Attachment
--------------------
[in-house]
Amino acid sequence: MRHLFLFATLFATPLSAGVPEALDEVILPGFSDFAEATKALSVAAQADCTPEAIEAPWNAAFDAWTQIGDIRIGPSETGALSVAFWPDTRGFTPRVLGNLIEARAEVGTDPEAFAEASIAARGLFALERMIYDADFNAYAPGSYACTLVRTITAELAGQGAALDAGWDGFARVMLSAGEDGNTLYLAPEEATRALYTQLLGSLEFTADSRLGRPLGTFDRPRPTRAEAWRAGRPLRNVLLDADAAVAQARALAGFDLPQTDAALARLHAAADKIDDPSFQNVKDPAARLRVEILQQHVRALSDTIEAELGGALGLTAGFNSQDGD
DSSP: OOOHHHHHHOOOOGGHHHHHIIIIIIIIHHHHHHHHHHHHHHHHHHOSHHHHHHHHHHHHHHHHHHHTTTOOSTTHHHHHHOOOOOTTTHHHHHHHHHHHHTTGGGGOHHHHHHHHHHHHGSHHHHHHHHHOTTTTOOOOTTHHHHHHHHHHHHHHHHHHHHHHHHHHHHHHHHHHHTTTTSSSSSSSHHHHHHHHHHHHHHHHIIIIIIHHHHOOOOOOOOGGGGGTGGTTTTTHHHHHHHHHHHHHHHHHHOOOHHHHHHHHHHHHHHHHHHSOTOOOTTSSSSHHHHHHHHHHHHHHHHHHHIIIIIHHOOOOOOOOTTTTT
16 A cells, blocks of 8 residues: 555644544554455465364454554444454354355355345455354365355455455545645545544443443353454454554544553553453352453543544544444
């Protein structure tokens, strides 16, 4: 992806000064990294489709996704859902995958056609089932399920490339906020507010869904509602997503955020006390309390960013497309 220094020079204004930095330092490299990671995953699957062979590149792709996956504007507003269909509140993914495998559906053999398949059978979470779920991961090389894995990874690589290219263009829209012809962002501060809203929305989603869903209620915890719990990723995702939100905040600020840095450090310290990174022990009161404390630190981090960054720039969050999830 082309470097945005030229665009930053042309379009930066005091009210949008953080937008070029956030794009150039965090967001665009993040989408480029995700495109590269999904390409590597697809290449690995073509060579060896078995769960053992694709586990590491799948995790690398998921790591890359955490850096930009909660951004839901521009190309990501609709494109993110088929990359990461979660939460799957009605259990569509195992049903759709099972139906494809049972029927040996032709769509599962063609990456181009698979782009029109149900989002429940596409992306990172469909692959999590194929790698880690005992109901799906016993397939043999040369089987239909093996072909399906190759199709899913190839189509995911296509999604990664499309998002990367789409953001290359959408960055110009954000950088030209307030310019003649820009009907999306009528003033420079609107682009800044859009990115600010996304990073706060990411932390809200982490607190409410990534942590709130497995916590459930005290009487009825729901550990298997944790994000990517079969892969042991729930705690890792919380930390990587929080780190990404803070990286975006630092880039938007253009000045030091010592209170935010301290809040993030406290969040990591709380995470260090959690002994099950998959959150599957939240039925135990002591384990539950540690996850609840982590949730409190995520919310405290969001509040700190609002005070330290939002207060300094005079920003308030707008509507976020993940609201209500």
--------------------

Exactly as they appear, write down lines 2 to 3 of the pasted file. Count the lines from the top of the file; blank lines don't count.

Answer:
Amino acid sequence: MRHLFLFATLFATPLSAGVPEALDEVILPGFSDFAEATKALSVAAQADCTPEAIEAPWNAAFDAWTQIGDIRIGPSETGALSVAFWPDTRGFTPRVLGNLIEARAEVGTDPEAFAEASIAARGLFALERMIYDADFNAYAPGSYACTLVRTITAELAGQGAALDAGWDGFARVMLSAGEDGNTLYLAPEEATRALYTQLLGSLEFTADSRLGRPLGTFDRPRPTRAEAWRAGRPLRNVLLDADAAVAQARALAGFDLPQTDAALARLHAAADKIDDPSFQNVKDPAARLRVEILQQHVRALSDTIEAELGGALGLTAGFNSQDGD
DSSP: OOOHHHHHHOOOOGGHHHHHIIIIIIIIHHHHHHHHHHHHHHHHHHOSHHHHHHHHHHHHHHHHHHHTTTOOSTTHHHHHHOOOOOTTTHHHHHHHHHHHHTTGGGGOHHHHHHHHHHHHGSHHHHHHHHHOTTTTOOOOTTHHHHHHHHHHHHHHHHHHHHHHHHHHHHHHHHHHHTTTTSSSSSSSHHHHHHHHHHHHHHHHIIIIIIHHHHOOOOOOOOGGGGGTGGTTTTTHHHHHHHHHHHHHHHHHHOOOHHHHHHHHHHHHHHHHHHSOTOOOTTSSSSHHHHHHHHHHHHHHHHHHHIIIIIHHOOOOOOOOTTTTT